Thousands of foreign investors are about to descend on a conference center in suburban Maryland for the fifth annual SelectUSA Investment Summit. Beginning Wednesday, they will spend three days being wooed by states and cities looking to get their investment dollars. Foreign investment in the United States hit $3.7 trillion in 2016, the last year for which there is government data. But that was before Donald Trump became president, before the country was staring into a trade war and before a crack down on immigration made an already tight labor market even tighter.
All those changes could make it harder for places like Fairfax County, Virginia, to lure new foreign investors. For years, Fairfax County pretty much sold itself, with its low taxes, great public schools and proximity to Capitol Hill and the Pentagon. But this year, Fairfax isn’t leaving anything to chance. The county's Economic Development Authority will be running a bus tour for potential investors the day before the summit starts. Gerald Gordon, head of the authority, will have an entire half day to make his pitch.
On a dry run, he talked up the county's business climate.
"We have 10 Fortune 500 headquarter operations," he said as the bus passed Intelsat and Volkswagen North America. Gordon also highlighted Fairfax's "extraordinary workforce for information technology and other technologies,” as well as two big airports nearby and a population that is very diverse. Just about half of Fairfax residents are “people from outside the United States — different ethnicities, different national origins,” he said.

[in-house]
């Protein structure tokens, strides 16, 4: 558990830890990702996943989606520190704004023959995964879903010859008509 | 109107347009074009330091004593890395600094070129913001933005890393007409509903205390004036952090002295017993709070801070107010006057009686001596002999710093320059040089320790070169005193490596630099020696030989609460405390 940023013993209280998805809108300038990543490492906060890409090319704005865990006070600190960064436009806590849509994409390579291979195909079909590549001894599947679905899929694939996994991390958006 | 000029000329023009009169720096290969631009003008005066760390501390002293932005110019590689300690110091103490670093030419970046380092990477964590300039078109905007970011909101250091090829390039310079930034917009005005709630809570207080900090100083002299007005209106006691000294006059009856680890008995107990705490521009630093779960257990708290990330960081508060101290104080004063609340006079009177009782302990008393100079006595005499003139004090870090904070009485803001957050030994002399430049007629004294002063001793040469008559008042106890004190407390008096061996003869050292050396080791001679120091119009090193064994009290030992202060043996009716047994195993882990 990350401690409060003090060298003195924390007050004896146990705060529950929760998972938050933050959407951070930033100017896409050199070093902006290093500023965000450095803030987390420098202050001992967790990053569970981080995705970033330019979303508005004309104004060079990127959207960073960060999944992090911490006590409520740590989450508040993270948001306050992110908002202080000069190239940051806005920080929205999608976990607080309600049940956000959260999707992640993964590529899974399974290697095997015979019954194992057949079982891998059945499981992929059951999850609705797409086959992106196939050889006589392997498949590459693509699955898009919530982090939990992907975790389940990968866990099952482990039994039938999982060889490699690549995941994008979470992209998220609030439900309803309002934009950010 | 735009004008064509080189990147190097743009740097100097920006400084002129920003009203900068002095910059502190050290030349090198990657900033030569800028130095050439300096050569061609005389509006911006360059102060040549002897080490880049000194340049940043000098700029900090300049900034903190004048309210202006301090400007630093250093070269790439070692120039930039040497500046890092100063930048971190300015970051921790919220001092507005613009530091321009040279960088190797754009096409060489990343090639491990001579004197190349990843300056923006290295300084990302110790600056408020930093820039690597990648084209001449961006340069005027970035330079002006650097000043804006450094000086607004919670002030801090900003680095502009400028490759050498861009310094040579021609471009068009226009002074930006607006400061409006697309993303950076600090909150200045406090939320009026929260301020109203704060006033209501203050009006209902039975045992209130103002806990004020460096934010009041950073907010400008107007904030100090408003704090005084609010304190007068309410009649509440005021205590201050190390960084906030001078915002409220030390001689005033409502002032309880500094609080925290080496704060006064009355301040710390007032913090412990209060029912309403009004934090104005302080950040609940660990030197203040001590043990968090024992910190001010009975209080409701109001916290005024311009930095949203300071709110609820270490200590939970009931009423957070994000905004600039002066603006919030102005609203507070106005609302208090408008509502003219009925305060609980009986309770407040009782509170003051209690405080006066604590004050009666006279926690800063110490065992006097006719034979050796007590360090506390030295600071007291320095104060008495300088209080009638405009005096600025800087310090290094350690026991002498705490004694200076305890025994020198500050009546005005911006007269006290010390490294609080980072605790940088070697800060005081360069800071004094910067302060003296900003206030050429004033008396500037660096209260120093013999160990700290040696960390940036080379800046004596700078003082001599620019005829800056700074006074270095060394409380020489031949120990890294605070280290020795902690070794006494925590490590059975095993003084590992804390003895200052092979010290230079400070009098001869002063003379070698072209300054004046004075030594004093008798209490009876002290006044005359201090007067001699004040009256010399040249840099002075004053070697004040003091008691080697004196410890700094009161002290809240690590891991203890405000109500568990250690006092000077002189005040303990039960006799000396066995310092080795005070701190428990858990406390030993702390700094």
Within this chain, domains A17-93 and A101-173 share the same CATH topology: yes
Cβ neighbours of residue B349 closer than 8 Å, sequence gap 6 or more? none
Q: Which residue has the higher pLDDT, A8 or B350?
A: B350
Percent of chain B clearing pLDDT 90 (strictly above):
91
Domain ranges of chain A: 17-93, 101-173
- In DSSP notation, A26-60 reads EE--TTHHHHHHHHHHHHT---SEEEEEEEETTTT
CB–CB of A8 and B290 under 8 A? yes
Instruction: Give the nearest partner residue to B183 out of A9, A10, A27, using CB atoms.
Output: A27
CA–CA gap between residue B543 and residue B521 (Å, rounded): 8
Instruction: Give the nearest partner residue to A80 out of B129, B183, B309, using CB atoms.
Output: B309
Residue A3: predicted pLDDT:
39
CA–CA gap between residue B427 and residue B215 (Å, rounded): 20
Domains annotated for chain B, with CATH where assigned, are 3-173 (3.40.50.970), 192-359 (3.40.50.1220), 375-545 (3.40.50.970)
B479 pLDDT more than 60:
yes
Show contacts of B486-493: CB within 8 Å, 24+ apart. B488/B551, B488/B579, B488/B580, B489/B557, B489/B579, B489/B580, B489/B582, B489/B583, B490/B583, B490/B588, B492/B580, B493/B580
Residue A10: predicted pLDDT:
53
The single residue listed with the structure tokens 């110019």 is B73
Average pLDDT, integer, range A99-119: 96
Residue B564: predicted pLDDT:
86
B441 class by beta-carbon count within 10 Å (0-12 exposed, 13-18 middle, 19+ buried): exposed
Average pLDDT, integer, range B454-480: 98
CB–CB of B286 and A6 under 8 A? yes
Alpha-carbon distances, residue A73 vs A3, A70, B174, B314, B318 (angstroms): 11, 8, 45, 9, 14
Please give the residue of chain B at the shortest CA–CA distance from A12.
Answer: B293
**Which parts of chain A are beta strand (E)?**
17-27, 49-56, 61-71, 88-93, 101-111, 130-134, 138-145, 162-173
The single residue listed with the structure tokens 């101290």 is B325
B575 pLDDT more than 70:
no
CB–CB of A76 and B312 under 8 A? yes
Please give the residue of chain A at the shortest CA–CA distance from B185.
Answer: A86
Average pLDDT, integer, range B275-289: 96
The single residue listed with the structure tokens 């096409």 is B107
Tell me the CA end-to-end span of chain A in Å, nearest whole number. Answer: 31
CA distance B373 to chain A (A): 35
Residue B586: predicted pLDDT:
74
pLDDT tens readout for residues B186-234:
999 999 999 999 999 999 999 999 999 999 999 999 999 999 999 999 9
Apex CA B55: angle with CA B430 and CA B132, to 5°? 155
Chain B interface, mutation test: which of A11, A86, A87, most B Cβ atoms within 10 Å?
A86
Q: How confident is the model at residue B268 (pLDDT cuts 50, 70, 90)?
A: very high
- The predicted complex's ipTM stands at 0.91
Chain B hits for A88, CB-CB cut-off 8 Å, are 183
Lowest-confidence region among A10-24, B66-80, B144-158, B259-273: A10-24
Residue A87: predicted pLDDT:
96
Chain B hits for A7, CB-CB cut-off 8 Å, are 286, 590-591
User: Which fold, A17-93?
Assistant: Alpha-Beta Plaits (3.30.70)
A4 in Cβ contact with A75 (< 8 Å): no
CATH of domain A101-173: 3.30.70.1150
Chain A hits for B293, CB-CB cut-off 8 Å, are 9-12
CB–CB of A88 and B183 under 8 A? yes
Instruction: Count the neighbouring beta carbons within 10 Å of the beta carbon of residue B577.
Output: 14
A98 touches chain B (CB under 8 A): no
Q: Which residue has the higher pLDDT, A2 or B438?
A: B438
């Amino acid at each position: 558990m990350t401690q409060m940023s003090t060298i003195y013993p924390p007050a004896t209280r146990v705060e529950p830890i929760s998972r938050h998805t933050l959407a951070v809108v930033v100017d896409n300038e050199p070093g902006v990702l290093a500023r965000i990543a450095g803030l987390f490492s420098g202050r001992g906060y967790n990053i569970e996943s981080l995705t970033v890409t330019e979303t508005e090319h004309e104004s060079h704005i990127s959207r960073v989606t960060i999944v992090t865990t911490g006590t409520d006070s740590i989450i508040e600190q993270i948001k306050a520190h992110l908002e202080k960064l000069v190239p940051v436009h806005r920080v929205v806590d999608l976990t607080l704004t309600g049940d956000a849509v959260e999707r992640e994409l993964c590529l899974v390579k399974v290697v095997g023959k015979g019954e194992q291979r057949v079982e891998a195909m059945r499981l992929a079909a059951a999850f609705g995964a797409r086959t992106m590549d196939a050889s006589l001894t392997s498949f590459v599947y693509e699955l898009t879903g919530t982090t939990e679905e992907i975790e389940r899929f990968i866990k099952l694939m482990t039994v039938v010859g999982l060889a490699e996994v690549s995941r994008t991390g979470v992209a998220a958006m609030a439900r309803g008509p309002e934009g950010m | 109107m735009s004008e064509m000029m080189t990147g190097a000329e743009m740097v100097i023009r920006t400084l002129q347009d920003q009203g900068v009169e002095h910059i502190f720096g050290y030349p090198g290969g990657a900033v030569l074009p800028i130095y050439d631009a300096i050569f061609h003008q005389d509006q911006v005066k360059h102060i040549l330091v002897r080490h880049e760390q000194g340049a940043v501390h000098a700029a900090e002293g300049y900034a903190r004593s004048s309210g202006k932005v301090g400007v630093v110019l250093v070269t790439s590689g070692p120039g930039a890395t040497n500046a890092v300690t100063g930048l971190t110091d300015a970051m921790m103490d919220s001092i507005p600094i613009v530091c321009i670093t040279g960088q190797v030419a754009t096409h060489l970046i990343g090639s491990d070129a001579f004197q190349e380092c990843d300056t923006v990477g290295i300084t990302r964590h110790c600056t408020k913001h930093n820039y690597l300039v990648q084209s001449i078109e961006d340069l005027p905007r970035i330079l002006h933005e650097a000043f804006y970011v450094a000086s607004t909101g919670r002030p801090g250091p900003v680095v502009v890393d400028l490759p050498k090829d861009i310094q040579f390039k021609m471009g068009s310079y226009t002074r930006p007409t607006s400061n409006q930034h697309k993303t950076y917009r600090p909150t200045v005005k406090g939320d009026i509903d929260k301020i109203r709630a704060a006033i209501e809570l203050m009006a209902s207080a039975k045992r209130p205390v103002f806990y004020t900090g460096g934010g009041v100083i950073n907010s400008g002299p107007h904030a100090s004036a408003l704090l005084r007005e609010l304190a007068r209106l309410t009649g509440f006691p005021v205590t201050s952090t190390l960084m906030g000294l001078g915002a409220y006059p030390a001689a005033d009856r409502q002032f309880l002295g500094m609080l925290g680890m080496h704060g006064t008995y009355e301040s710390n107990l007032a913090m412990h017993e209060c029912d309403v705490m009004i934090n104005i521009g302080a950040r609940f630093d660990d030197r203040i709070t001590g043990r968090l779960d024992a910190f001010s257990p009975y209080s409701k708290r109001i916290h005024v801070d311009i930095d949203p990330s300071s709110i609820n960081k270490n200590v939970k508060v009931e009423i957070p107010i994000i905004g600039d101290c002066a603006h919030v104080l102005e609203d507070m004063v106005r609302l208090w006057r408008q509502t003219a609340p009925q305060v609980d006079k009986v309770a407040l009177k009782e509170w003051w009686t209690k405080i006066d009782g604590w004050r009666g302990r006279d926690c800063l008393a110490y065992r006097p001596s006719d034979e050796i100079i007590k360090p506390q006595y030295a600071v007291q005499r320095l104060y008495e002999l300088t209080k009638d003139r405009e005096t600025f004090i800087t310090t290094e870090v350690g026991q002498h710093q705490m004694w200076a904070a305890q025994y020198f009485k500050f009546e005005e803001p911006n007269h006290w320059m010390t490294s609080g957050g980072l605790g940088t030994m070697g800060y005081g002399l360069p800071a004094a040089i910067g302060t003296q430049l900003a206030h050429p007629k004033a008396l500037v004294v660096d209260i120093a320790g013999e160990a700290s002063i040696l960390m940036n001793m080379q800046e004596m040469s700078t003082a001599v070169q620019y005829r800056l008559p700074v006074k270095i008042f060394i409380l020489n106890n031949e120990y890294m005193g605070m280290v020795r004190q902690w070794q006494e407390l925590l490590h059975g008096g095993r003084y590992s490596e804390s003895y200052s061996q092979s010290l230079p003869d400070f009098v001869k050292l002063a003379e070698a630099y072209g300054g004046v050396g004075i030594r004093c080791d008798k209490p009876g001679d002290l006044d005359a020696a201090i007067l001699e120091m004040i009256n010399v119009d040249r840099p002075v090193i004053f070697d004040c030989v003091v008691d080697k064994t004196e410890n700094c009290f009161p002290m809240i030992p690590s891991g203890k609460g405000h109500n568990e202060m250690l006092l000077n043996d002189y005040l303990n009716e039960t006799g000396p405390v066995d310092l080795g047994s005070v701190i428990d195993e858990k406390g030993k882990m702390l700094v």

Gordon has also prepared himself for tough questions about things like tariffs, labor shortages and difficulties obtaining visas for high-skilled workers. But, he says, in the end, “I think these companies are resigned to going through whatever they need to get through in order to be in the United States," Gordon said. "So they‘ll deal with it. They’d rather not, but they will.”
Some foreign investors do feel that way. Andre Kudelski heads the Kudelski group, a Swiss cyber-security firm with offices all over the United States, including a big office in Phoenix that opened recently. Would he have continued expanding in the U.S. if he knew then what he knows now?
“The main driver for our expansion is how the U.S. economy is performing,” he explained. In other words, yes. Kudelski will be at the investment summit. So will Jonas Swarttouw, CEO of the Dutch company NewCold. It’s building a $90 million, highly automated cold-food storage facility in Idaho.
“So we’re developing one of the most advanced cold storages you can imagine,” he said.
Swarttouw's storage is used by U.S. food processors, who export their products. Swarttouw is worried about what’s happening with trade.
“As far as they sell their goods outside the USA, and their business is impacted by the NAFTA and the trade wars, of course we may be impacted by that,” he explained.
But, he says he would do it all again. “Yes, we would do that, yep.”
Hyunwoo Eric Chung doesn’t share that enthusiasm. Chung is a marketing team leader at Posco, a South Korean steelmaker with plants in Alabama and Indiana. Posco imports steel from South Korea and processes it for U.S. manufacturers, who turn it into car parts. But Posco is facing quotas and tariffs. The new Indiana plant isn’t running at full capacity. In fact, it’s losing around $200,000 a month. Chung said Posco’s management would not do it all again.
“The management definitely would not go for putting this investment here if they knew about what’s happening right now,” he said.
But Chung said he still might go to the SelectUSA summit to make contacts, not scout for deals. At this point, foreign steel is a nonstarter. Jan Rogers, CEO for Regional Economic Development for Eastern Idaho, will be looking to attract investors in tech and certain types of agriculture to her state. She said she's not that worried about trade — yet.
“I don’t know that it keeps me up at night, but it’s on the radar for sure,” she said.
And Rogers thinks she may have discovered a way to turn the tariffs to her advantage — by reminding international investors that if you make it and sell it in the United States, you don't pay a tariff.
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